As for shopping, most shops and shopping malls in Istanbul are open during the holiday, just like any other day. Except for the Grand Bazaar and the Spice Bazaar. Beware, shopping malls tend to be busier a couple of days before bayram because of the Sugar Feast excitement and preparations.

The main feature of both Kurban Bayramı and Şeker Bayramı is the reunion of families and friends. So, locals tend to travel a lot, which makes tourists face even more traffic. Beware that public transportation like buses, city line ferries or sea buses operate on holiday timetables. To make things worse, during bayram they often operate for free, which makes them even more crowded than usual. Also note that the Atatürk International airport is most likely to be even busier than usual, since many locals use the time off as an opportunity to travel for holiday purposes.

The tradition of illuminated mosques during Ramadan continues during the Sugar Feast, which completes the festival atmosphere of the city.

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{ 9 comments… read them below or add one }

Pat Curtis August 9, 2013 at 10:20 pm

Very apt and informative description.
Thank You


Sarah June 20, 2015 at 10:31 pm

Is the grand bazar open on july 18, second day of eid l fitr?
And can i go to dolmabache palace and bosphorus cruise on the day of the eid, july 17?


Erlend Geerts June 22, 2015 at 11:55 am

Hi Sarah,

No, the Grand Bazaar is closed during the whole Sugar Feast.

Kind regards,


Jim June 30, 2015 at 2:59 am

My girlfriend and I are going to fly on July 17th and out on July 25th. This is our first trip to Turkey, we plan on 5 days in turkey site seeing, etc.. and 2 days on the coast of Turkey or Greece coast relaxing… With the sugar fest going on when we land, we would like to know your thoughts on going straight to the coast of Turkey or Greece (our preference to relax before site seeing) or starting in Istanbul because of the Festival. You mention the Turkish coast may be full due to this holiday… while you warn Istanbul museums may be over crowded during this festival, we don’t have experience there.. we know Greece is a littie iffy right now with the Euro situation.. thoughts? ideas? recommendations??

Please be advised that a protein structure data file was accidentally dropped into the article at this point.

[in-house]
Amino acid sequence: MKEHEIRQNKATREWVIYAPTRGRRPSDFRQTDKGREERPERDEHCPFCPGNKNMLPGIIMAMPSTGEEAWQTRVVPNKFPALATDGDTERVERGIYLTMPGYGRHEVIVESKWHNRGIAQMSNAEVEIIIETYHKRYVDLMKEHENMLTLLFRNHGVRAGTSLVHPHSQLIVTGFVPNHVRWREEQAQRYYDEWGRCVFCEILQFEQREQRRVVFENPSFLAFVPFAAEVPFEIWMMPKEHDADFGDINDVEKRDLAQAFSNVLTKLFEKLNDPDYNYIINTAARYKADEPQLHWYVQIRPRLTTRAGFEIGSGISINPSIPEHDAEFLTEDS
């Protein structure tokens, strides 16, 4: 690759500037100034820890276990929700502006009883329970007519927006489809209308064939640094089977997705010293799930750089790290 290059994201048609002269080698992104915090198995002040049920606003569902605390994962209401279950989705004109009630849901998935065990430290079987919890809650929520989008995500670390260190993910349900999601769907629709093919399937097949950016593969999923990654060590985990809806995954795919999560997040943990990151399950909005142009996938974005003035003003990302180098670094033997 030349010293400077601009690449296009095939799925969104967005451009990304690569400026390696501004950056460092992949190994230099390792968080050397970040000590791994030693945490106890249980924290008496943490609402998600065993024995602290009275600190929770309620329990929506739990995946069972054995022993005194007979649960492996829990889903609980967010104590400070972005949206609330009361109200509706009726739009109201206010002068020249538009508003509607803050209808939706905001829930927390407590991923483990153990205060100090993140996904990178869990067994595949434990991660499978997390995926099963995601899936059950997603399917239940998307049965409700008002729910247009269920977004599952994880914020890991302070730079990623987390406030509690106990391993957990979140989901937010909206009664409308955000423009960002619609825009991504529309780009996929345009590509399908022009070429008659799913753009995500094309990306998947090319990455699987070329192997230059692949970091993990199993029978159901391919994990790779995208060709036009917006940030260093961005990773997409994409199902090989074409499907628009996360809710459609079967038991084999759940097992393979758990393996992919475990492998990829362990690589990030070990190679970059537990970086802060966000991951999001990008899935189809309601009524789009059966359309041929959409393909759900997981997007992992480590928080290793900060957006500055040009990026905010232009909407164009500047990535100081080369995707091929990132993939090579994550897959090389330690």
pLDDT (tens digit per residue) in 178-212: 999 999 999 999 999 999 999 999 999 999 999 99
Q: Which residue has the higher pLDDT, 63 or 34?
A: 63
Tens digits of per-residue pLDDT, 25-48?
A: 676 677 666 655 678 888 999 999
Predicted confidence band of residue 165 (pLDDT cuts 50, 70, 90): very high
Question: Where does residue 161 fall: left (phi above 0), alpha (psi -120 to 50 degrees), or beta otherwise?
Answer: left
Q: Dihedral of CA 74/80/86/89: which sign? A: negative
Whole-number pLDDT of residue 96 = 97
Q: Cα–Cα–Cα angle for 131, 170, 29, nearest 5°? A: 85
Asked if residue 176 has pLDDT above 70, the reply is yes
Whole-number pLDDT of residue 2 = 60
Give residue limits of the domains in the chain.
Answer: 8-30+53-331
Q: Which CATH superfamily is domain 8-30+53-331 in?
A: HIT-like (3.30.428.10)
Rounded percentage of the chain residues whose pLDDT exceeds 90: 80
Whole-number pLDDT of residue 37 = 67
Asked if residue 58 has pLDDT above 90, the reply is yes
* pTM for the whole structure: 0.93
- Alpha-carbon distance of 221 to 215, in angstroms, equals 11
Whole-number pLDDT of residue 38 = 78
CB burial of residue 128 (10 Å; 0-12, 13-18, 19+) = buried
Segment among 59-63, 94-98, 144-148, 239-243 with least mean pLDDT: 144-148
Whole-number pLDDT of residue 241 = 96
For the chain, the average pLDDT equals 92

Your help and your site is most appreciated. peace – Jim


Erlend Geerts June 30, 2015 at 9:57 pm

Hi Jim,

That’s a difficult nut to crack. I know you prefer the other way around, but if I were you I would do the exhausting sightseeing first, and then relax and reflect before heading home. And except for the bazaars, everything will be open in the afternoon of your arrival or the latest the next day. And the bazaars you can always catch the last day anyway. What I don’t recommend is extensive travels (to the coast) during the Sugar Feast, because Turks will be on the move themselves. They may even make public transportation free. It’s your call.

Kind regards,


Dori July 10, 2015 at 10:58 pm

Is Aghia Sophia open on 7-18 and 7-19 of this year?


Erlend Geerts July 11, 2015 at 12:48 pm

Yes, it should be.


Rico July 12, 2015 at 2:39 pm

Thank you a lot for very useful information. I will be in Istanbul during 7/19 to 7/21. According to your article, the bazaar will be closed the whole holiday. I want to know that will it open in 7/20 or 7/21?


Erlend Geerts July 12, 2015 at 6:09 pm

Yes, it will be open again starting Monday, 20 July.